Don’t it always seem to go
You don’t know what you’ve got ‘til it’s gone?
From “Big Yellow Taxi” by Joni Mitchell
The history of Freemasonry (whose practitioners call themselves Masons) is long and complicated. Google it. The list of famous members is also long and mostly male since the Masons were fraternal organizations for most of their history. George Washington was a Mason as were Mark Twain (in St. Louis), Buffalo Bill and Winston Churchill. And don’t forget about Perry. (That last joke may be lost on the younger readers).
At the local level the Masons have been organized by the Lodges to which they belonged. In Maplewood we had, fittingly enough, the Maplewood Lodge #566. If there was ever a building that we should’ve kept…
I took these photographs of the demolition of our Masonic Temple in July of 1984. It is still painful to look at the destruction of this fine building. I remember talking to local architect, Andy Kusnierkiewicz about it at the time. I believe Andy was on our Planning and Zoning board then. Membership at the Lodge had declined. Many of the members were old men who couldn’t afford to keep up the building any longer he explained.
In 1984 the preservation movement was much younger. Many restoration techniques that we take for granted today had yet to be developed. Although it was a lot easier to get rid of asbestos. No one except the manufacturers were aware of how hazardous it is.
A very fine building came down that July only to be replaced by a couple of buildings that no one is ever likely to love or will miss. First the Shoney’s restaurant was built. After Shoney’s closed the building was adapted for use by the adjacent car lot. That building was demolished to build a much larger example of the same sort of forgettable architecture to house the present CVS Pharmacy. Equally forgettable on the south side of CVS is the now vacant T.R.Horton’s.
Take a look at the following photos. Then you may want to repeat after Joni.
Here we have an image of a very nice building. Solid and built to last. Good stone foundation and stairs. Low maintenance brick exterior with cut stone appointments. This vintage image is from a 1952 program that follows.
The program is for a minstrel show. I won’t go into a long discussion about minstrel shows and how inappropriate they seem to us today. They were part of our history. Many, many great people are working very hard to eliminate things that separate us. I take my hat off to them.
The cast of minstrel shows typically contained no African-Americans. The first three images in this post are from the collection of Martin Fischer.
This aerial view shows the Temple location in relation to some of the buildings that still exist. The building just to the east once was home to Holekamp Lumber and was the longtime home of the St. Louis Closet Company. It now is the home of Side Project Brewing. At the bottom of the photo we see the very interesting metamorphosis of the Sarah Harrison mansion into todays Jay B. Smith Funeral Parlor. None of the other buildings have survived. On the corner across the street is the second City Hall and Fire Department. On the SE corner is a collection of four buildings that I have never seen in any other photo. Collection of the Maplewood Public Library.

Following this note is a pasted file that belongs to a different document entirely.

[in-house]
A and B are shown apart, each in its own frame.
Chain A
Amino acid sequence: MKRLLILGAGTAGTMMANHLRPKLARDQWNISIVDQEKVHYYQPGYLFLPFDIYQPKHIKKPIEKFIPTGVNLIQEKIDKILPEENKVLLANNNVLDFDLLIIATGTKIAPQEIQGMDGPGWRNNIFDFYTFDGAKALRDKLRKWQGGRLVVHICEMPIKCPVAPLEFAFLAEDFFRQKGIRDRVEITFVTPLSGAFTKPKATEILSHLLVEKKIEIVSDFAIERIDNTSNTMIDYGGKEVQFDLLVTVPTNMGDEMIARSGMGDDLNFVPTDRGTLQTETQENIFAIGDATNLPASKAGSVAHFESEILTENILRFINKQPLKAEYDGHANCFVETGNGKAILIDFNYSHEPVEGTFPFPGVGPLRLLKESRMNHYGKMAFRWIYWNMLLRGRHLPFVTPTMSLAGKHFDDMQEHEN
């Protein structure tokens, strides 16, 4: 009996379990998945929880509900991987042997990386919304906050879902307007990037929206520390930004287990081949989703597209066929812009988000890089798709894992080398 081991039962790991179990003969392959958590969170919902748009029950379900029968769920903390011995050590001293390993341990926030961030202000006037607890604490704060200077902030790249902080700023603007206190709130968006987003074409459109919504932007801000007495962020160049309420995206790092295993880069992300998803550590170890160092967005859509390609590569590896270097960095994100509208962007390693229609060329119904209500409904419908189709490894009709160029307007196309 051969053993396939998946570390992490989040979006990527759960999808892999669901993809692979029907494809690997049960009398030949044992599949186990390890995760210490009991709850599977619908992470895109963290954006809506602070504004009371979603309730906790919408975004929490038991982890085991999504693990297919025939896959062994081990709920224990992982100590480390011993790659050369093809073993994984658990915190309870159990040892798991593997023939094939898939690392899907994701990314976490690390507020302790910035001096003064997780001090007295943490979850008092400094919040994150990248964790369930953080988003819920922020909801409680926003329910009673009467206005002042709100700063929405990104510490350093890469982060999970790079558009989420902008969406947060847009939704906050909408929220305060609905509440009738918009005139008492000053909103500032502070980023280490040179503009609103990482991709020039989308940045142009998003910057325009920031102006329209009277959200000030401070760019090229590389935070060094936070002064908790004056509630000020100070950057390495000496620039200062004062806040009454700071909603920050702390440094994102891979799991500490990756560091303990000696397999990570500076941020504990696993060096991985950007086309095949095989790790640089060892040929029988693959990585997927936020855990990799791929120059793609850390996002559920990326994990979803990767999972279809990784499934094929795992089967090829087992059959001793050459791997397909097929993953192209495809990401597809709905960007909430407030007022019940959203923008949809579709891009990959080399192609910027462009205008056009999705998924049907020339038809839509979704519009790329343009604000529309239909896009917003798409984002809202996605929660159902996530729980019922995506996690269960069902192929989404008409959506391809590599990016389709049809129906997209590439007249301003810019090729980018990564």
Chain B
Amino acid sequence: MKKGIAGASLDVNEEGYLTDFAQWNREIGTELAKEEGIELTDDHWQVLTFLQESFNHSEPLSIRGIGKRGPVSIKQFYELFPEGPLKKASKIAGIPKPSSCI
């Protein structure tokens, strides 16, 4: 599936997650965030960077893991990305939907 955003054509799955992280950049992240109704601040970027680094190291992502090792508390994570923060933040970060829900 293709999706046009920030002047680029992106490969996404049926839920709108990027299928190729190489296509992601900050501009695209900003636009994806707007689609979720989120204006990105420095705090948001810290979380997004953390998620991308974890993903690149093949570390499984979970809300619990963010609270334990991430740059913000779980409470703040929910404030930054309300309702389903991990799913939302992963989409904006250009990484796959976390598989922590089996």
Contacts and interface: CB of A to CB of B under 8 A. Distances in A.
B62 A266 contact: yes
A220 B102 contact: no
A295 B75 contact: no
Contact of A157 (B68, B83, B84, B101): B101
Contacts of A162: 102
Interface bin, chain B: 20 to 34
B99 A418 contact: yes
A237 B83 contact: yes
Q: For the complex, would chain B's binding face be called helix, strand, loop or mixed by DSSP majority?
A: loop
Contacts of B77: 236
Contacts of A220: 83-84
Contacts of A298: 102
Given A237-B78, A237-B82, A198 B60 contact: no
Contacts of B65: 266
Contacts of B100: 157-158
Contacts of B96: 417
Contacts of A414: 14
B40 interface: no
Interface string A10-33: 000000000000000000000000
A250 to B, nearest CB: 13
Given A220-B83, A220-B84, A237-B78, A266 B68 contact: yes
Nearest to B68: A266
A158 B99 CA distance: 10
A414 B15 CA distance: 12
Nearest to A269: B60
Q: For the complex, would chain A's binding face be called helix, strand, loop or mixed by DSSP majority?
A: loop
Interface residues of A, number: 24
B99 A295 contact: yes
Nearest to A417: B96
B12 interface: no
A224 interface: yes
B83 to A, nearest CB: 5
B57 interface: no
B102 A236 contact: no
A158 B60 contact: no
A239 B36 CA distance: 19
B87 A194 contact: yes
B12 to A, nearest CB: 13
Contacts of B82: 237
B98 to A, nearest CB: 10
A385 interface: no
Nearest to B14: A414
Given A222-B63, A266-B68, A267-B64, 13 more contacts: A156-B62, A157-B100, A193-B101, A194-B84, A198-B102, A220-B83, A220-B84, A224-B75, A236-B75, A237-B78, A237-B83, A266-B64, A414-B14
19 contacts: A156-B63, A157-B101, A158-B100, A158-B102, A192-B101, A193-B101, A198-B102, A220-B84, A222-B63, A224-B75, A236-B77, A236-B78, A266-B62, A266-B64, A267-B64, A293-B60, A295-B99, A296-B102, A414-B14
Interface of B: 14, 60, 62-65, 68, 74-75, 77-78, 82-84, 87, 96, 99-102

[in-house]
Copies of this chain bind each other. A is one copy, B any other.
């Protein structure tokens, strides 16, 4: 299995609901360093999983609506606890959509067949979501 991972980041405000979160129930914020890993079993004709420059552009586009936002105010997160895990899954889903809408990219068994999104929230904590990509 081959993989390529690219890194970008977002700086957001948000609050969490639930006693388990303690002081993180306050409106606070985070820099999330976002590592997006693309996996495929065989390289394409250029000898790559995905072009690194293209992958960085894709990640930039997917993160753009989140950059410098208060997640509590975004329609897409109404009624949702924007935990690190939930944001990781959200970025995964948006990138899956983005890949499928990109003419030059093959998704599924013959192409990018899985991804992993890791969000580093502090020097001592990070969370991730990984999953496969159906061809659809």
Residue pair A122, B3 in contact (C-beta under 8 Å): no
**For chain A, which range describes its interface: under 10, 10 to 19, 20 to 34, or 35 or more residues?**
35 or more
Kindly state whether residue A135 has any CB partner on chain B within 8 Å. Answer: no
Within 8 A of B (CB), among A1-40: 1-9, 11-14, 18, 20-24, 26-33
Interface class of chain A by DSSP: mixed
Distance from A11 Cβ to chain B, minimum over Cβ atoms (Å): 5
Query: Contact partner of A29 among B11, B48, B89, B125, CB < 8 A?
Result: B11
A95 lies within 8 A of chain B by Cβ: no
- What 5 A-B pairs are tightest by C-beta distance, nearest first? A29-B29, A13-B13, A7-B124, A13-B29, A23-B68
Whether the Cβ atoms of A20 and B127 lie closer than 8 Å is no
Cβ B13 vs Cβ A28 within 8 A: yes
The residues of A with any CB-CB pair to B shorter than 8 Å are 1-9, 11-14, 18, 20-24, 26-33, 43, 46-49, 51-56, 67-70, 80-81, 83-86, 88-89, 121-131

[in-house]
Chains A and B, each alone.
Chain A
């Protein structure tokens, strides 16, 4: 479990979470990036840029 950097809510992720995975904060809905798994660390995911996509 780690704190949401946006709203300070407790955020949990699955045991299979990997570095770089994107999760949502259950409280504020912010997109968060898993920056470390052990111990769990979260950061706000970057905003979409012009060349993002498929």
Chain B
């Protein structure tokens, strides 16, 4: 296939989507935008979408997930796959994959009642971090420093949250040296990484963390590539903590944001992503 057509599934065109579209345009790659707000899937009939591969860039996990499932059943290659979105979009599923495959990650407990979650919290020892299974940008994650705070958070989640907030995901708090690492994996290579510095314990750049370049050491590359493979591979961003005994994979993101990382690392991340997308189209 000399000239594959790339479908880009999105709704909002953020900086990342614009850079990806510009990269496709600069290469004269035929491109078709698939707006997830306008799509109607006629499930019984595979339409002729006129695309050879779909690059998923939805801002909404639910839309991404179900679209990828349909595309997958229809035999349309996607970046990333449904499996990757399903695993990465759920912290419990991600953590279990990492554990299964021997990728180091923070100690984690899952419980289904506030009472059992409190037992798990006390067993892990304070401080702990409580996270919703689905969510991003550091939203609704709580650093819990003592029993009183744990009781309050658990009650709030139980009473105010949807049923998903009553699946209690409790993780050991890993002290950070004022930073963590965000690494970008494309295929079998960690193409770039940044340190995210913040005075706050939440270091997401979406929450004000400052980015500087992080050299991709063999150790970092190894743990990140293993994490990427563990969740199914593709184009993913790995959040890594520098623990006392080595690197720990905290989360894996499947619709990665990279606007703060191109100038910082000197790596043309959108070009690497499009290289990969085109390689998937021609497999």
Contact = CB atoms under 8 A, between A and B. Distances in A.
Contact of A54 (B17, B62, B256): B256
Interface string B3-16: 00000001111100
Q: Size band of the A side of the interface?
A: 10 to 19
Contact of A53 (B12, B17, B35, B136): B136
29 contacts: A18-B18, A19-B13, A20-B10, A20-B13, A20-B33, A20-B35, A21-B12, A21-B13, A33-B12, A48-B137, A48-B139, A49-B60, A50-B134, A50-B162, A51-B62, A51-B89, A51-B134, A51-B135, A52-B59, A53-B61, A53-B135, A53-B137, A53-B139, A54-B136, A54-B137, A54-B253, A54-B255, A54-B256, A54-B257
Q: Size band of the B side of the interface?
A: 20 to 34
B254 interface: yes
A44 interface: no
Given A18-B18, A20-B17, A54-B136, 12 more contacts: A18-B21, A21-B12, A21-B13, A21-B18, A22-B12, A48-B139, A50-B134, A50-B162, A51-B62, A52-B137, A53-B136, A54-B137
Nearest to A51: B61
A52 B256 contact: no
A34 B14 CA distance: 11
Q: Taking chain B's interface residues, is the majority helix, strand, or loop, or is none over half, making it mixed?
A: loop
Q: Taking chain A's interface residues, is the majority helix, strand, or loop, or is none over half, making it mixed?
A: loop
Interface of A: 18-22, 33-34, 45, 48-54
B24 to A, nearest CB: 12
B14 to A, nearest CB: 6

This is a photograph I took in July 1984. If it looks familiar, I’ve run it before and it’s in our community history book (still available at the C of C). It is one of about a dozen photos I made at that time with two different cameras. Recently I’ve been trolling through a small part of the ocean of slides and prints in one of my closets. I came on these quite unexpectedly. I’ll load as many here as the site will allow.
This image of the front door is also in our book. The arched window was rescued by Yours truly and Dan Walper of Citizen’s Bank. It is now in the collection of the Building Arts Foundation.
I believe I pilfered this image from the Building Arts Foundations website or Facebook page. That is most likely Larry Giles piloting the fork lift.
The ground level door on the eastern side of the building. Until I say different this and the following images have not been shown before.
The western elevation.
Cornerstone. 1924 to 1984. 60 years. What a shame.
This view was probably from the Jay B. Smith parking lot looking west. That is the Side Project Brewing building at right. The date my camera printed on the image is visible. 84 7 17 July 17, 1984.
As seen from the White Castle parking lot. The White Castle building has been replaced since this image was made.
This image was made standing on Hazel Avenue and looking north at the rear of the building.
This time the view is from across the street, Manchester.
The cornerstone at its current location at the Building Arts Museum. I have run this image and the next two in the past.
This is some of the cut stone ornament from the parapet that was still at the original site when I took this photo. Larry Giles later tracked down the owner and brought these pieces to his museum.
One last never before published photo of one that should not have gotten away.
It’s sadder yet when you look at what replaced it. This is the former Shoney’s building being used as headquarters for a car lot in this 2007 photograph. It has since been demolished and replaced by the CVS store.